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OriginOfSpecies - 475 Rows
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06 - Difficutiles in Theory 06-13 - Summary: The Law of Unity of Type and of the Conditions of Existence Embraced by the Theory of Natural Selection 50 We have seen that in two beings widely remote from each other in the natural scale, organs serving for the same purpose and in external appearance closely similar may have been separately and independently formed; but when such organs are closely examined, essential differences in their structure can almost always be detected; and this naturally follows from the principle of natural selection.

On the other hand, the common rule throughout nature is infinite diversity of structure for gaining the same end; and this again naturally follows from the same great principle.

In many cases we are far too ignorant to be enabled to assert that a part or organ is so unimportant for the welfare of a species, that modifications in its structure could not have been slowly accumulated by means of natural selection.

In many other cases, modifications are probably the direct result of the laws of variation or of growth, independently of any good having been thus gained.

But even such structures have often, as we may feel assured, been subsequently taken advantage of, and still further modified, for the good of species under new conditions of life.

We may, also, believe that a part formerly of high importance has frequently been retained (as the tail of an aquatic animal by its terrestrial descendants), though it has become of such small importance that it could not, in its present state, have been acquired by means of natural selection.
06 - Difficutiles in Theory 06-03 - Absence or Rarity of Transitional Varieties 50 As allied or representative species, when inhabiting a continuous area, are generally distributed in such a manner that each has a wide range, with a comparatively narrow neutral territory between them, in which they become rather suddenly rarer and rarer; then, as varieties do not essentially differ from species, the same rule will probably apply to both; and if we take a varying species inhabiting a very large area, we shall have to adapt two varieties to two large areas, and a third variety to a narrow intermediate zone.

The intermediate variety, consequently, will exist in lesser numbers from inhabiting a narrow and lesser area; and practically, as far as I can make out, this rule holds good with varieties in a state of nature.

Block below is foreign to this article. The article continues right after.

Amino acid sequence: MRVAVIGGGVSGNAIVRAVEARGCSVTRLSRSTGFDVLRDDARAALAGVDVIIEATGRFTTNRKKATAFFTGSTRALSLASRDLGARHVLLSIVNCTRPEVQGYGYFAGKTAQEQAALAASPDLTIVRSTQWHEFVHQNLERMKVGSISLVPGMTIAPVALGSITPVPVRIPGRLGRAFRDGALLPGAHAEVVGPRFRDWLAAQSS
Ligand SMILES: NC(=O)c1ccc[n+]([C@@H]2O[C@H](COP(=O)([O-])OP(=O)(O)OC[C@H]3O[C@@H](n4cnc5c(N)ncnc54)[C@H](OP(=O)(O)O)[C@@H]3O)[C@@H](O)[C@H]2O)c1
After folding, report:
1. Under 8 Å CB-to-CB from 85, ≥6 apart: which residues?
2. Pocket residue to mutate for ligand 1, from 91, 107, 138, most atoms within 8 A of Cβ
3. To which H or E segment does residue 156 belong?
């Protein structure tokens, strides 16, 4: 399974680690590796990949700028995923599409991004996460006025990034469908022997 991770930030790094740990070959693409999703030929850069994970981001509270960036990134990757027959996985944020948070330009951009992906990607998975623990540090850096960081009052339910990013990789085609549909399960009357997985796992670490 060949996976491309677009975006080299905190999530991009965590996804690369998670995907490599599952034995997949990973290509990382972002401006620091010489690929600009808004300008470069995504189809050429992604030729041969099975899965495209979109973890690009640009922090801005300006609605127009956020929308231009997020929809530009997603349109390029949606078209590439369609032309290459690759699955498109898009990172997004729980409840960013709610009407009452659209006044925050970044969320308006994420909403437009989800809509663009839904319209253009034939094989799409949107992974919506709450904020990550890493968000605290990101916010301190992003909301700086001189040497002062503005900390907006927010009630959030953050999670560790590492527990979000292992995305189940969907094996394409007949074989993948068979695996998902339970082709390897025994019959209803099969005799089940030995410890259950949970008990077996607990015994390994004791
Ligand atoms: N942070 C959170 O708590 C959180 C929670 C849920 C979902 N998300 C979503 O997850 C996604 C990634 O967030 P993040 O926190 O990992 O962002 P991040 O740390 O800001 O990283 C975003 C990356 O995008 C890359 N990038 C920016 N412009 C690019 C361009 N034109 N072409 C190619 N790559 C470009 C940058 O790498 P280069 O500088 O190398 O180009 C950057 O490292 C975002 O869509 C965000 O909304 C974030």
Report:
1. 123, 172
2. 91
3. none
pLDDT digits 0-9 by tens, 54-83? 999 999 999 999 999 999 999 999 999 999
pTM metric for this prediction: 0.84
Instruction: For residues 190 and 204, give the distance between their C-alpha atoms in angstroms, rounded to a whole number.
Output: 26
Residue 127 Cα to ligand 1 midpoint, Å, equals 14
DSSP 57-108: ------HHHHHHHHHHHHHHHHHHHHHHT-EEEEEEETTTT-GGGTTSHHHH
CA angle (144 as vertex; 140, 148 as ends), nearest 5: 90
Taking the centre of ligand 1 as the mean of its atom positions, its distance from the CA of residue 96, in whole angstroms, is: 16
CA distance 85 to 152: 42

I have met with striking instances of the rule in the case of varieties intermediate between well-marked varieties in the genus Balanus.

balanus
balanus


And it would appear from information given me by Mr. Watson, Dr. Asa Gray, and Mr. Wollaston, that generally, when varieties intermediate between two other forms occur, they are much rarer numerically than the forms which they connect.
Asa Gray
Asa Gray

Thomas Vernon Wollaston
Thomas Vernon Wollaston



Now, if we may trust these facts and inferences, and conclude that varieties linking two other varieties together generally have existed in lesser numbers than the forms which they connect, then we can understand why intermediate varieties should not endure for very long periods:- why, as a general rule, they should be exterminated and disappear, sooner than the forms which they originally linked together.
01 - Variations Under Domestication 01-08 - Breeds of the Domestic Pigeons, their Differences and Origin 50 Some facts in regard to the colouring of pigeons well deserve consideration.

The rock-pigeon is of a slaty-blue, with white loins; but the Indian sub-species, C. intermedia of Strickland, has this part bluish. The tail has a terminal dark bar, with the outer feathers externally edged at the base with white. The wings have two black bars.

Some semi-domestic breeds, and some truly wild breeds, have, besides the two black bars, the wings chequered with black.

These several marks do not occur together in any other species of the whole family.

Now, in every one of the domestic breeds, taking thoroughly well-bred birds, all the above marks, even to the white edging of the outer tail-feathers, sometimes concur perfectly developed.

Moreover, when birds belonging to two or more distinct breeds are crossed, none of which are blue or have any of the above-specified marks, the mongrel offspring are very apt suddenly to acquire these characters.